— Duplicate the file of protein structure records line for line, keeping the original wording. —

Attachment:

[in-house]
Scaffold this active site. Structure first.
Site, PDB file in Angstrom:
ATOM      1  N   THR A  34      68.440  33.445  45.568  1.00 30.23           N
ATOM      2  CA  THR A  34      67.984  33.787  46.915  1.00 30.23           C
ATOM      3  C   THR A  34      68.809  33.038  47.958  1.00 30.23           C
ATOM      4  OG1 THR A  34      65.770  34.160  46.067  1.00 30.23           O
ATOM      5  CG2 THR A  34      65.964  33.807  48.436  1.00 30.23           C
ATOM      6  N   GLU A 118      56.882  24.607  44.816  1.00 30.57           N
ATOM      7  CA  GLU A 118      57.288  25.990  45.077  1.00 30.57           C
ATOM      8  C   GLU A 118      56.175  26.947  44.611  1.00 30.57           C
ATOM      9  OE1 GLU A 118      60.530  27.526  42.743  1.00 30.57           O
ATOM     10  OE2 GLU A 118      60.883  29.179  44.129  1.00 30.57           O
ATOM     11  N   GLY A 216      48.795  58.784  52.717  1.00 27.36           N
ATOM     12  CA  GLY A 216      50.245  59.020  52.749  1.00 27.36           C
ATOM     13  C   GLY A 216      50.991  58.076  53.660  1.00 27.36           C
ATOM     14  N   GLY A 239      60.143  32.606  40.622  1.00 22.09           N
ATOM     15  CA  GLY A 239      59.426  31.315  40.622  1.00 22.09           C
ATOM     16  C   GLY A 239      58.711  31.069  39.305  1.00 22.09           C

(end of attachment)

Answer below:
[in-house]
Scaffold this active site. Structure first.
Site, PDB file in Angstrom:
ATOM      1  N   THR A  34      68.440  33.445  45.568  1.00 30.23           N
ATOM      2  CA  THR A  34      67.984  33.787  46.915  1.00 30.23           C
ATOM      3  C   THR A  34      68.809  33.038  47.958  1.00 30.23           C
ATOM      4  OG1 THR A  34      65.770  34.160  46.067  1.00 30.23           O
ATOM      5  CG2 THR A  34      65.964  33.807  48.436  1.00 30.23           C
ATOM      6  N   GLU A 118      56.882  24.607  44.816  1.00 30.57           N
ATOM      7  CA  GLU A 118      57.288  25.990  45.077  1.00 30.57           C
ATOM      8  C   GLU A 118      56.175  26.947  44.611  1.00 30.57           C
ATOM      9  OE1 GLU A 118      60.530  27.526  42.743  1.00 30.57           O
ATOM     10  OE2 GLU A 118      60.883  29.179  44.129  1.00 30.57           O
ATOM     11  N   GLY A 216      48.795  58.784  52.717  1.00 27.36           N
ATOM     12  CA  GLY A 216      50.245  59.020  52.749  1.00 27.36           C
ATOM     13  C   GLY A 216      50.991  58.076  53.660  1.00 27.36           C
ATOM     14  N   GLY A 239      60.143  32.606  40.622  1.00 22.09           N
ATOM     15  CA  GLY A 239      59.426  31.315  40.622  1.00 22.09           C
ATOM     16  C   GLY A 239      58.711  31.069  39.305  1.00 22.09           C